I remember Mick Jagger saying, “we don’t do any new music, we just rework the old stuff.” There is nothing wrong with that if the goal to entertain is met.
Mork was a new thing when I was young, but still a redo of old material. A stranger in a strange land who thought reality was what he saw on TV (unfortunately all too true).
British blues musicians were a perfect example of how something could be redone and it exposed it to the world in a whole new way. The Brits had personal responsibility robbed from them long ago. So theirs is a dismal existence with little prospect of escape. Good fodder for heartfelt blues music. We can thank them for bringing American music to white American children that should have come to them directly.
Robin Williams seemed uninhibited. That was the beauty of his work. The torment he suffered in mental illness, no doubt(fire), contributed to the work he did so boistergolically. So many great talents have these demons and we think we are as blue as can be anticipating the world without them. But the joy and soaring emotions Mr. Williams gave us over the years far outweigh the feeling of loss, if we tally them.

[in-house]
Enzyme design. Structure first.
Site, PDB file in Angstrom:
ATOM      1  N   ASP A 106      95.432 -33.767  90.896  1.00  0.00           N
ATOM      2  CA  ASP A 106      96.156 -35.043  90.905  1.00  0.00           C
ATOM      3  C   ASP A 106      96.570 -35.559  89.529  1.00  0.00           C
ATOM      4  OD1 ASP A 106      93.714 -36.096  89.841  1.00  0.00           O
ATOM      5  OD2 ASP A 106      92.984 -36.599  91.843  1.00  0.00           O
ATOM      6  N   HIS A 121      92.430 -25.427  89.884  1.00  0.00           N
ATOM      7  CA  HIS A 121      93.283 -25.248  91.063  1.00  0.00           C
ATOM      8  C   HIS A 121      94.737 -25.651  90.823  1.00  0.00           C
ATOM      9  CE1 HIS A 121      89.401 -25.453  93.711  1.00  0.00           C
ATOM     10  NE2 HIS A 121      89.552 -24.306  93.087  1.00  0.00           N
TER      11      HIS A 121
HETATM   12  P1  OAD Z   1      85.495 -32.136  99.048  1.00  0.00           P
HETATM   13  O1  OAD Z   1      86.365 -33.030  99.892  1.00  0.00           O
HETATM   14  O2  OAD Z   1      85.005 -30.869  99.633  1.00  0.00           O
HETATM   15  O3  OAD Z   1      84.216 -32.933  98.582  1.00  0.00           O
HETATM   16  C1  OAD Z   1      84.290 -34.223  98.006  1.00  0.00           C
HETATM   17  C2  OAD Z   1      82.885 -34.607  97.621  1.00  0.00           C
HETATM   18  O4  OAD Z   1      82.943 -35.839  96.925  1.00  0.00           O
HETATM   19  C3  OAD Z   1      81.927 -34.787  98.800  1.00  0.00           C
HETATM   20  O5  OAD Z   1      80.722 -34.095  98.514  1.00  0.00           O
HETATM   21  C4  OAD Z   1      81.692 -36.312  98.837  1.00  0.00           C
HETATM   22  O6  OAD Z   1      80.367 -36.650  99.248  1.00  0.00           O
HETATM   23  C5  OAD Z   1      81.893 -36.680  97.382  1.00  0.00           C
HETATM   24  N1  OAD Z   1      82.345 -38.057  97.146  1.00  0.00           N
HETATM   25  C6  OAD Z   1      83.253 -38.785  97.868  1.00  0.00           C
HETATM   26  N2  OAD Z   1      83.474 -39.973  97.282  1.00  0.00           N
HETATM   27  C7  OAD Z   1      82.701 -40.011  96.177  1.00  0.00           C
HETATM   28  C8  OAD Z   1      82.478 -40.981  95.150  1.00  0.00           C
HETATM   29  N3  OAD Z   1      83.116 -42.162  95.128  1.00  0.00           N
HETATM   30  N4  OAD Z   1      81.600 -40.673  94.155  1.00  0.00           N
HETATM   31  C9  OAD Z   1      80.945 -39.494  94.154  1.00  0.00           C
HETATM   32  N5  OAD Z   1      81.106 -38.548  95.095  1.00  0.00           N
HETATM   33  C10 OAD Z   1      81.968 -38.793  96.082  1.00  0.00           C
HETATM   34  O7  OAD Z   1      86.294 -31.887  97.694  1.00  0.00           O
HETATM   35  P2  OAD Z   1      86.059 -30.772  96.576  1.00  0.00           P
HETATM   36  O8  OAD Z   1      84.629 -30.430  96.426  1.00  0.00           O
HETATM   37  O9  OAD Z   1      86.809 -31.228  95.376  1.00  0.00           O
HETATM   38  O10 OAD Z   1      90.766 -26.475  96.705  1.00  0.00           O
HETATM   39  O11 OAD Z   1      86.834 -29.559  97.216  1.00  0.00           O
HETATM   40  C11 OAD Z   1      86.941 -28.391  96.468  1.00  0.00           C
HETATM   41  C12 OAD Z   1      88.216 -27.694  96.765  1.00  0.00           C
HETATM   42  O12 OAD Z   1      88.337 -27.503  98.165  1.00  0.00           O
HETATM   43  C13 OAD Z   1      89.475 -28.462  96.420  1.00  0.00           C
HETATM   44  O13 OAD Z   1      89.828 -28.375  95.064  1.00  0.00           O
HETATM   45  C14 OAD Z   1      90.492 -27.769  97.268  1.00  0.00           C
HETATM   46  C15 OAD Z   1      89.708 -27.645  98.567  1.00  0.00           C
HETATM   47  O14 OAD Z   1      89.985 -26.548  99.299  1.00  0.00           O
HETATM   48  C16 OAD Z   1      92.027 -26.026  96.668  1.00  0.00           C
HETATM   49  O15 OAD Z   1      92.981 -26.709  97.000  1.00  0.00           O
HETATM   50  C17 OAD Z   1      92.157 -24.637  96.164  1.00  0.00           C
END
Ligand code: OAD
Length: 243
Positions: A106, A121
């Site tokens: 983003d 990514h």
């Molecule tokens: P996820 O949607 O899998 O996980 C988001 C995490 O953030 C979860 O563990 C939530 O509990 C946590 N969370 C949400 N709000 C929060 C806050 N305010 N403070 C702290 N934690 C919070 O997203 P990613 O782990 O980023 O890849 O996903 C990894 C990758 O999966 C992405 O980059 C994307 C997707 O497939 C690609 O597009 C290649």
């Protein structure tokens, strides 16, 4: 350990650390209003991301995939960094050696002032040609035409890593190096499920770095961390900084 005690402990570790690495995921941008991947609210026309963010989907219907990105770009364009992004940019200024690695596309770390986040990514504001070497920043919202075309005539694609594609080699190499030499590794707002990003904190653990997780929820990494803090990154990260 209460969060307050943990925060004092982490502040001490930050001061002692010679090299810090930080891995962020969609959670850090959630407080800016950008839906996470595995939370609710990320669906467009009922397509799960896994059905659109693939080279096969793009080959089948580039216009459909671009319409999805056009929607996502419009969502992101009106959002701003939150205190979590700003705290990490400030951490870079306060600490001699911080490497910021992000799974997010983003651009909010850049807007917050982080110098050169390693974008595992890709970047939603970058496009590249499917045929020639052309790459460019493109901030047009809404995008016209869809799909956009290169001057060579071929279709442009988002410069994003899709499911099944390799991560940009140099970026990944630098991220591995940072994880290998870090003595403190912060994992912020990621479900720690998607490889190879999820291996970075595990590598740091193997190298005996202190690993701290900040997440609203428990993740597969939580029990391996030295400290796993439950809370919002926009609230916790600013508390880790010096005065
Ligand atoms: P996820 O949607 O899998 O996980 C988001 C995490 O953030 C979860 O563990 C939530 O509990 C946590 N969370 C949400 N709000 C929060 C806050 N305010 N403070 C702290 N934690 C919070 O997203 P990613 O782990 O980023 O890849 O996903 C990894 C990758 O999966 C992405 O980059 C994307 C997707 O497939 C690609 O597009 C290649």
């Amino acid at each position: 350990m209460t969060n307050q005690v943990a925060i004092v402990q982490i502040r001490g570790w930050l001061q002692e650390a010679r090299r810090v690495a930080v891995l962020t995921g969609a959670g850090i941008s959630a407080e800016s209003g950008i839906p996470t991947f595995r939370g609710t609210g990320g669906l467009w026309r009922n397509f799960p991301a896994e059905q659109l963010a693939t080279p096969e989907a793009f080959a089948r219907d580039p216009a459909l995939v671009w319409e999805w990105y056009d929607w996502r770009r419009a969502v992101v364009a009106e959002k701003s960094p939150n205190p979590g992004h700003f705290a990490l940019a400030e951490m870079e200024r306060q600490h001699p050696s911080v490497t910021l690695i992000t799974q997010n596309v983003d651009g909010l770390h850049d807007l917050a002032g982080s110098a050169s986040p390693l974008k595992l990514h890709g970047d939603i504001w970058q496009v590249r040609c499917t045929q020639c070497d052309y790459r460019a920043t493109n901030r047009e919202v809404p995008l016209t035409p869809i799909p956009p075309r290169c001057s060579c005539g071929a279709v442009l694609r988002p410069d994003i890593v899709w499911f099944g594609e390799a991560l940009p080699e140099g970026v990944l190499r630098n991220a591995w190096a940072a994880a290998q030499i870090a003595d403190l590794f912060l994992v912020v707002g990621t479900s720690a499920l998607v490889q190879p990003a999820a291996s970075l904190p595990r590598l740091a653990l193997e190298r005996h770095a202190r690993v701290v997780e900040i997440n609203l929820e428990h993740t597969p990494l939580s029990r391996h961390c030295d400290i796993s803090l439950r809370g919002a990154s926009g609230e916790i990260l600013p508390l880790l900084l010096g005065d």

Much of what Williams did can be traced to past performances by other people. But like Bill Gates and Eugene Sukup, marketing is how it became part of our lives. My dad said, if it weren’t for salesmen, a product might as well not exist.
I hope you can take the time to enjoy Dino and Jerry in their introductory performance. Not that the rest of the cast doesn’t measure-up in their own right. There is a lot in this movie that would suggest Robin Williams studied it. But I think silliness is natural-born.
Let’s all be silly… in memory of those who enrich our lives like Robin Williams did.